“I’m showing with Audrey, who I’ve known since the ‘70s and who bought my first pieces,” Zerner said. “She always believed in me. She had to break down barriers when women artists weren’t as successful as men artists.

“We’ve had 2000 years of God is a ‘he,’ and it’s evident on so many levels. Men are even paid better,” she added. “Now we need more nurturing and kindness and I think Audrey’s work also conveys the kind of protective energy through these archetypes of female images that are strong.

“We’re honoring our feminine nature. We need strength, healing and all these women.”

The two artists first met in 1978 when Flack approached Zerner at an event and told her that she looked like a Madonna painting she had recently done. They’ve been friends ever since.

“When you have a mentor supporting your work, it’s very empowering,” said Zerner. “Audrey usually doesn’t do two person shows, but she believes in the work and is into reclaiming some of the bad reputation of women who are called ‘bitches,’ because they seem to be strong.

“We’re bombarded with brutality and scary images that we need to counter balance by coming back to what’s real and nurturing,” she said. “We participate in changing the times and that’s the good part of what’s going on now.”

Finding the good in these times of trouble and staying centered and positive by looking within is a guiding principle for both Zerner and her husband. Together, she and Farber have built a thriving business centered in astrology, meditation, and relationship building and they have created a best-selling line of metaphysical books, illustrated oracles, tarot decks and meditation tools that have inspired millions. One of their first collaborative efforts was realized more than a quarter century ago when 78 of Zerner’s fabric collage tapestries were reproduced as a set of Tarot cards for “The Enchanted Tarot.”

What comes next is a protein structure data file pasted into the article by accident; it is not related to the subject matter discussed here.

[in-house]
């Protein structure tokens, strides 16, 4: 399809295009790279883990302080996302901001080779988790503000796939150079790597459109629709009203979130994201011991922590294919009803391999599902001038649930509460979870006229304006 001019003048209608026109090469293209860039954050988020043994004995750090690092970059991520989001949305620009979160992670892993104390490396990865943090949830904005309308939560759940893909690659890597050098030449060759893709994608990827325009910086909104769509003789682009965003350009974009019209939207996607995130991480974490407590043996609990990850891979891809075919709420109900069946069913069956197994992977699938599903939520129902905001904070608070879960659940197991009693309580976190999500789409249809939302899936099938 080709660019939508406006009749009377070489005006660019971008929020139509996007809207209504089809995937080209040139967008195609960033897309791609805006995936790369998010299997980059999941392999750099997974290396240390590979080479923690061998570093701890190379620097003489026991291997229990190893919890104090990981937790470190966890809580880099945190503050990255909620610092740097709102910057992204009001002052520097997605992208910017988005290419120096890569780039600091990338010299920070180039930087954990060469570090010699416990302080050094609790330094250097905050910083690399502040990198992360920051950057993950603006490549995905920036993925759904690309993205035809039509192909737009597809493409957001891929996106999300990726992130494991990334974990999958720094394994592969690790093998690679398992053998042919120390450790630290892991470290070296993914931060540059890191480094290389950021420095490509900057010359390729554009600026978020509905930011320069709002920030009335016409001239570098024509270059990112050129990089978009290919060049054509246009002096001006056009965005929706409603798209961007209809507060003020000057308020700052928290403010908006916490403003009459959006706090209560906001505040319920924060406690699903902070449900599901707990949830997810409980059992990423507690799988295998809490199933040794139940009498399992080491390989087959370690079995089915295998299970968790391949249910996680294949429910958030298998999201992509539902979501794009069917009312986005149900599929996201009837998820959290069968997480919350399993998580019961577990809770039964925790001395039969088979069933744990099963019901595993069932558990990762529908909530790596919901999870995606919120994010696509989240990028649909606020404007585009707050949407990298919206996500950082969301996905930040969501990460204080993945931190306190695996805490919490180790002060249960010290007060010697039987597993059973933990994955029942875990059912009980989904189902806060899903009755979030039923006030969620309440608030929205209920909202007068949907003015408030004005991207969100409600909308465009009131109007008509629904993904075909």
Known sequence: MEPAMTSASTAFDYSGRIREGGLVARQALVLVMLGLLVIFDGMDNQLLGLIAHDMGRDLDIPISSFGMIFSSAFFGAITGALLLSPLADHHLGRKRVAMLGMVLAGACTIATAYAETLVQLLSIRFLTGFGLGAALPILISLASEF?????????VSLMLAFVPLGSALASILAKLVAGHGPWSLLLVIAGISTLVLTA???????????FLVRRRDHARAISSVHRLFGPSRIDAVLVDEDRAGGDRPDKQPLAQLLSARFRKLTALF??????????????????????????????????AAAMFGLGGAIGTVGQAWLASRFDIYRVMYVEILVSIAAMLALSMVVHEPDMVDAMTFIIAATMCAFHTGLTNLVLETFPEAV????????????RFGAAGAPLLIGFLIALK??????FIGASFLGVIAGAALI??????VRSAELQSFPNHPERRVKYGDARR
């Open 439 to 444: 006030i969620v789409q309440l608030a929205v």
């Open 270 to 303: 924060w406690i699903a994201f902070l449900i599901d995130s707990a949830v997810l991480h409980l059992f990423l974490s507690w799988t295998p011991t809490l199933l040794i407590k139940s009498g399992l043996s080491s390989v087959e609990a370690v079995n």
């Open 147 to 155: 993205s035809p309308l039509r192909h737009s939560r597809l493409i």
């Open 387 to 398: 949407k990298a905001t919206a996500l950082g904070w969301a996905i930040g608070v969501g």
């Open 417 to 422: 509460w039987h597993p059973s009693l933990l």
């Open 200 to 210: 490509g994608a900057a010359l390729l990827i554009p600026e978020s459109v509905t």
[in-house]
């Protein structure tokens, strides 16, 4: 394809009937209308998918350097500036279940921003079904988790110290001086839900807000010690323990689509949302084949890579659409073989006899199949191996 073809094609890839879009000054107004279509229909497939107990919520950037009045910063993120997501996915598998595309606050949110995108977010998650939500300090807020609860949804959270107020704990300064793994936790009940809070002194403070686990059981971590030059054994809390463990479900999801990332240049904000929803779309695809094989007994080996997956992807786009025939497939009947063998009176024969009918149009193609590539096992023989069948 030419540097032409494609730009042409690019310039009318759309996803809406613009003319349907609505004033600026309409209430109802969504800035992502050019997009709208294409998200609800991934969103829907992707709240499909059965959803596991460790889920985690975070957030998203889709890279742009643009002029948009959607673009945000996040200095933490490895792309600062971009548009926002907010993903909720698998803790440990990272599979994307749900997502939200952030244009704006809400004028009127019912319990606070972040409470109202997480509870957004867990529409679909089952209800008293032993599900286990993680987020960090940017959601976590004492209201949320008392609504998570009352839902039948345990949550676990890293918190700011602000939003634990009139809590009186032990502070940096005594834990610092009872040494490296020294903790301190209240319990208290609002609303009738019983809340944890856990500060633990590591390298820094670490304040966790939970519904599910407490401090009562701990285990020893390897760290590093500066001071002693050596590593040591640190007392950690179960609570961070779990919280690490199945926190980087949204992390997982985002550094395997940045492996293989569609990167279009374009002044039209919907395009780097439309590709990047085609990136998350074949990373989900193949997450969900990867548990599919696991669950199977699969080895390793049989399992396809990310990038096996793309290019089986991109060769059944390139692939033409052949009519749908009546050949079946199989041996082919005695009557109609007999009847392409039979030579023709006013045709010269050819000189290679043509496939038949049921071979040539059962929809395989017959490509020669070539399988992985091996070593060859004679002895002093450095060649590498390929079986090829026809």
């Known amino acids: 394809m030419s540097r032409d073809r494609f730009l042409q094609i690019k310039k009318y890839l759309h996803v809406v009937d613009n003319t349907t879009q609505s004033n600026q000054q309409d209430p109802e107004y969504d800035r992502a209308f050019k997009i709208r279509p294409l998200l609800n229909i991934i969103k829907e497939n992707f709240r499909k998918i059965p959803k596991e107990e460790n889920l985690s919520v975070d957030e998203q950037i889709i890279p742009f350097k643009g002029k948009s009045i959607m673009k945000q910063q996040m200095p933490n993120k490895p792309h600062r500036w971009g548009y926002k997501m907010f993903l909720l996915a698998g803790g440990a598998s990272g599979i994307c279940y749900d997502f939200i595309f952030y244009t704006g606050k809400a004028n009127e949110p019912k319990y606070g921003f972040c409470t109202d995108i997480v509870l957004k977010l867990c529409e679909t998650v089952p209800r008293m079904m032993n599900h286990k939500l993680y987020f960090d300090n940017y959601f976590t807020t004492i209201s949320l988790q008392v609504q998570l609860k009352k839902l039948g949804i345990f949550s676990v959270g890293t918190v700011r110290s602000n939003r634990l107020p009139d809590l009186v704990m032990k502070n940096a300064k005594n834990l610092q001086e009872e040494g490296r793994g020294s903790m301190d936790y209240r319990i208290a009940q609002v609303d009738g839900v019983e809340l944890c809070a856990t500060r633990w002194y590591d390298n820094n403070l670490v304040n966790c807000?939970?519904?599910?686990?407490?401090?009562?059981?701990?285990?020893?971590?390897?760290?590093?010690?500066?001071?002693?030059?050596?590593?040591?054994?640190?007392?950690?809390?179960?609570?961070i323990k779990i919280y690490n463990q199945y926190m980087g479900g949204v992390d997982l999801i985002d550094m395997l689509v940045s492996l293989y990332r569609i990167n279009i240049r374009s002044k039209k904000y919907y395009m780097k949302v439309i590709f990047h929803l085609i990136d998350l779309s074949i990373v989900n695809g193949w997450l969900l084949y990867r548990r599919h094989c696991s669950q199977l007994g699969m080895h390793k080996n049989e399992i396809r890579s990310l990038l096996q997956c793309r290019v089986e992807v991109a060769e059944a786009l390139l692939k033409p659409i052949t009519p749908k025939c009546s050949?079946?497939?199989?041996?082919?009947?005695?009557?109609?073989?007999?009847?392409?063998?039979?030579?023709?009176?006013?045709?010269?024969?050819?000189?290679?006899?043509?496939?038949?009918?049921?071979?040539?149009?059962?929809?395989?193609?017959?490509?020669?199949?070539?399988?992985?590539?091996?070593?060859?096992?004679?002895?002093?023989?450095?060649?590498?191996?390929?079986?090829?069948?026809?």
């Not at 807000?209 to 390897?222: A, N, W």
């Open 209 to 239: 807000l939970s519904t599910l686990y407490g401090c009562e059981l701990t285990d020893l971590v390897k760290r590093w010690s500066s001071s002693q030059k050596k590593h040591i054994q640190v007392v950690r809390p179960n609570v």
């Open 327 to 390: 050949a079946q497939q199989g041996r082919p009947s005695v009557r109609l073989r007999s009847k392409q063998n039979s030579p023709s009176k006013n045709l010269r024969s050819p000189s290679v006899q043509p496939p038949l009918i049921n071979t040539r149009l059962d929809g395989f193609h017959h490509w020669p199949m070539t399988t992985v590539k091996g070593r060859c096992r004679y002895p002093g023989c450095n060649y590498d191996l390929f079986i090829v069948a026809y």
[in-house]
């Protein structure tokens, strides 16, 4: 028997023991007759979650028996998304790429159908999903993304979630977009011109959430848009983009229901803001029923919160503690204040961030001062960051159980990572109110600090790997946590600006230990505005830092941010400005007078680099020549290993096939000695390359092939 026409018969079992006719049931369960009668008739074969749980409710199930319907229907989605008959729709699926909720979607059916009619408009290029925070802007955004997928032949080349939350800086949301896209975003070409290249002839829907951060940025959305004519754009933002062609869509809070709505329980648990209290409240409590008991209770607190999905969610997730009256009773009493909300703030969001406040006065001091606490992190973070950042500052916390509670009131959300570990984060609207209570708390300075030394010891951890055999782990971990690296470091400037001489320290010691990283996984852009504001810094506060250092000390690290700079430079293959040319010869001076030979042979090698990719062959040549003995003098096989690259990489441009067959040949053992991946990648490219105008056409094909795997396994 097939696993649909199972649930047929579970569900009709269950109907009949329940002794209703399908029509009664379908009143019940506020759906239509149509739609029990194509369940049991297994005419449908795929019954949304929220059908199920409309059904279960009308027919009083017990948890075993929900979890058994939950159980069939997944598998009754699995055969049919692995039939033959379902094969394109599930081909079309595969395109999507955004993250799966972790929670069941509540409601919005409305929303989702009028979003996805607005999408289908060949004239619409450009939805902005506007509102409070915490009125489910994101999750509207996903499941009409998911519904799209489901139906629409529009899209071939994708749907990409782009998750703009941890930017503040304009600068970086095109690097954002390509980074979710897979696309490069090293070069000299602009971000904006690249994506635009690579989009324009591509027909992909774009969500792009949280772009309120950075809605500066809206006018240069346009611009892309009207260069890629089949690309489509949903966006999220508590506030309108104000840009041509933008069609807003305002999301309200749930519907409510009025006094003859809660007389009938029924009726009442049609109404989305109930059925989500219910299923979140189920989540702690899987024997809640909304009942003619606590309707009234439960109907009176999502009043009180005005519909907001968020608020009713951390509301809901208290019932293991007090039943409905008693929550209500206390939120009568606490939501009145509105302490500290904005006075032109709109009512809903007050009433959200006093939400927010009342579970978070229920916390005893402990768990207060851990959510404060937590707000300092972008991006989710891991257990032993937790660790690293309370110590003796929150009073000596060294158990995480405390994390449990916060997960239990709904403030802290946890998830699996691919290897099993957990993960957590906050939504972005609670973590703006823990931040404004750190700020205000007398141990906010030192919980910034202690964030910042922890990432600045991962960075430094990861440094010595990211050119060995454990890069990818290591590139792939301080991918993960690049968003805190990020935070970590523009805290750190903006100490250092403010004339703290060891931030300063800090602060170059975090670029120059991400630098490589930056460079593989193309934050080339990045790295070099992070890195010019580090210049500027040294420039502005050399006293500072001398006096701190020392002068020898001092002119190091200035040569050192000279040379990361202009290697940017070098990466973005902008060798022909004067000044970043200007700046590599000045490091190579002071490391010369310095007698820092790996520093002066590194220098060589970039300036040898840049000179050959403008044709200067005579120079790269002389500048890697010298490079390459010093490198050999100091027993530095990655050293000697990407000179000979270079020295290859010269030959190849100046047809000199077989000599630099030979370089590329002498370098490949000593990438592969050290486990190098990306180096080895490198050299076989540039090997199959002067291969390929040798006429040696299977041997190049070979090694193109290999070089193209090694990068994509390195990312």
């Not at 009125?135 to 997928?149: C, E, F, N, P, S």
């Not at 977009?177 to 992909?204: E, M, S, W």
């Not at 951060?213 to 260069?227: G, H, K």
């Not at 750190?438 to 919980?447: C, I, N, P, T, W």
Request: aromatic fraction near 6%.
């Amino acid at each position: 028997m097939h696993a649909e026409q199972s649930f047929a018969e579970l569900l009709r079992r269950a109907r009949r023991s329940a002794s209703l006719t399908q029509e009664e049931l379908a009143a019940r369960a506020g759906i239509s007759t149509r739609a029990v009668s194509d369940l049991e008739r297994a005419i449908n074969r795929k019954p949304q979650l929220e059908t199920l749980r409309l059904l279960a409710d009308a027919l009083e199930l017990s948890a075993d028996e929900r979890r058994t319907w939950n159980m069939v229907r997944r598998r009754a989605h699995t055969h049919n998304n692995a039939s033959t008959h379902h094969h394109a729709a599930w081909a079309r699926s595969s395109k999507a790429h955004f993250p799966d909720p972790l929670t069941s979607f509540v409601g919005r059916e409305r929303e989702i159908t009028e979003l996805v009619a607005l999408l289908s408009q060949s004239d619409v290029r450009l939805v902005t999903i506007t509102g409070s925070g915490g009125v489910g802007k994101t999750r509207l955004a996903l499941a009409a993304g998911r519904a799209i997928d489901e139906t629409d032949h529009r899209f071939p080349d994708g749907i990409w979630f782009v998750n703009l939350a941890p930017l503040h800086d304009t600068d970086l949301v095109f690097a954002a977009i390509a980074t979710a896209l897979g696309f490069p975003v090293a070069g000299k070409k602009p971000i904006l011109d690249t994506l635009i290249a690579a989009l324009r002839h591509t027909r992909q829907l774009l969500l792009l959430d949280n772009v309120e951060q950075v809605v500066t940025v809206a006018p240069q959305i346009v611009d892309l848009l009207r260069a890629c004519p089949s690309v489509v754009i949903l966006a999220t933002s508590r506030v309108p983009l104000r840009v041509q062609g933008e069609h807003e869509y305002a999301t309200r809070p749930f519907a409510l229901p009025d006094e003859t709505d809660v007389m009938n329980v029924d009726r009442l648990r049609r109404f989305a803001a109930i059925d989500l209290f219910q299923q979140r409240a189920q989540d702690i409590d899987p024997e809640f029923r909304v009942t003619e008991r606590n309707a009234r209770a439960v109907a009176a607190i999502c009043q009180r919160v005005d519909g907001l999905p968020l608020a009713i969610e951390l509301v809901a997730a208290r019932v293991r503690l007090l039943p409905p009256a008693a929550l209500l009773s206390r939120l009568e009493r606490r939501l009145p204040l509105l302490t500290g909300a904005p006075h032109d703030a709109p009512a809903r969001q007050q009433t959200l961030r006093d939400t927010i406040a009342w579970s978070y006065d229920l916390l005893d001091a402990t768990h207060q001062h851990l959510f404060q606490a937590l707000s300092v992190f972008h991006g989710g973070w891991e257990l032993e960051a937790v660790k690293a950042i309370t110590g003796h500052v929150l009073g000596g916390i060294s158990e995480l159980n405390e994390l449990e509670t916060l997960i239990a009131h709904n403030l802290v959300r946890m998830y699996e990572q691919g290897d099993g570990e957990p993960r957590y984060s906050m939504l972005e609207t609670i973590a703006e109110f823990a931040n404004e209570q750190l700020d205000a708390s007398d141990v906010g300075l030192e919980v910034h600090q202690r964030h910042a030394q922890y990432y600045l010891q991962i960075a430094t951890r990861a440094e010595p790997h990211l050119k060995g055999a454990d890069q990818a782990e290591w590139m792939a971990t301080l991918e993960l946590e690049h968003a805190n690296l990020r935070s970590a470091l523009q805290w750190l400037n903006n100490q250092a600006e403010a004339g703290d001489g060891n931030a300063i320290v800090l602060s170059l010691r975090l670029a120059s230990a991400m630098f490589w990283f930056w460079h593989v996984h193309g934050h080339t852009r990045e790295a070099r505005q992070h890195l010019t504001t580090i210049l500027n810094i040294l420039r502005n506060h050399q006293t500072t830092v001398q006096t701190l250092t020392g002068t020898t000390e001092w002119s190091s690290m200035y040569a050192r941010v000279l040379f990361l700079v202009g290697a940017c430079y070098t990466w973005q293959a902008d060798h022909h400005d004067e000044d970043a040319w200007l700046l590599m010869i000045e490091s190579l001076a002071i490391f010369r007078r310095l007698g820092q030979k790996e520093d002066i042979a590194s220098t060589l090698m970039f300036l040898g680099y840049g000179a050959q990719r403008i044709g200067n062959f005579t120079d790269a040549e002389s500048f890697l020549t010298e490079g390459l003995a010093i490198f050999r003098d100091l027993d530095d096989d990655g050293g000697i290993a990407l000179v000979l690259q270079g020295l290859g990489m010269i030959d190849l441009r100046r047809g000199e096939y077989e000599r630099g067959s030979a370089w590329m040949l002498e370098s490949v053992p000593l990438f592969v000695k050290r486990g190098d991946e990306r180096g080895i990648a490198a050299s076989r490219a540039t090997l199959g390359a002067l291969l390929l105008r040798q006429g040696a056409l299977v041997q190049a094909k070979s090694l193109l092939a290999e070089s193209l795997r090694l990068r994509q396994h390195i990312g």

Recently, the couple began offering “Ask the Oracles,” a free Zoom show in which they discuss psychic energy and cosmic trends. Zerner acknowledges that this time of strife offers a time of reflection and rest as well, and she finds that more people than ever are reaching out in search of advice and guidance.

“We’ve seen an upswing. That’s one of the reasons were doing our Zoom show, telling how you can tap into your intuition,” Zerner said. “Two of our most popular books that have been out for 30 years ran out of print. It shows more people are thinking about ways of self-empowerment in finding answers and guidance.

Audrey Flack’s “Medusa Transcendent.”

“When you look outside of yourself, you don’t know who to trust. Hypocritical information is all over. You have to come back to yourself,” she added. “Sometimes, it’s too overwhelming and you feel like you have no say. But you do have say in making your base secure and practicing self-care. Through creativity better decisions can be made.

“Mind, body, spirit — our work is about wellness, yoga, eating better, breathing exercises. If we do some simple things to alleviate stress, we can make better decisions.”

“Goddesses Here and Now: Audrey Flack & Amy Zerner” opens with a reception on Saturday, October 3, from 6 to 8 p.m. and runs through October 18 at MM Fine Art, 4 North Main Street, Southampton. For more information call 631-259-2274.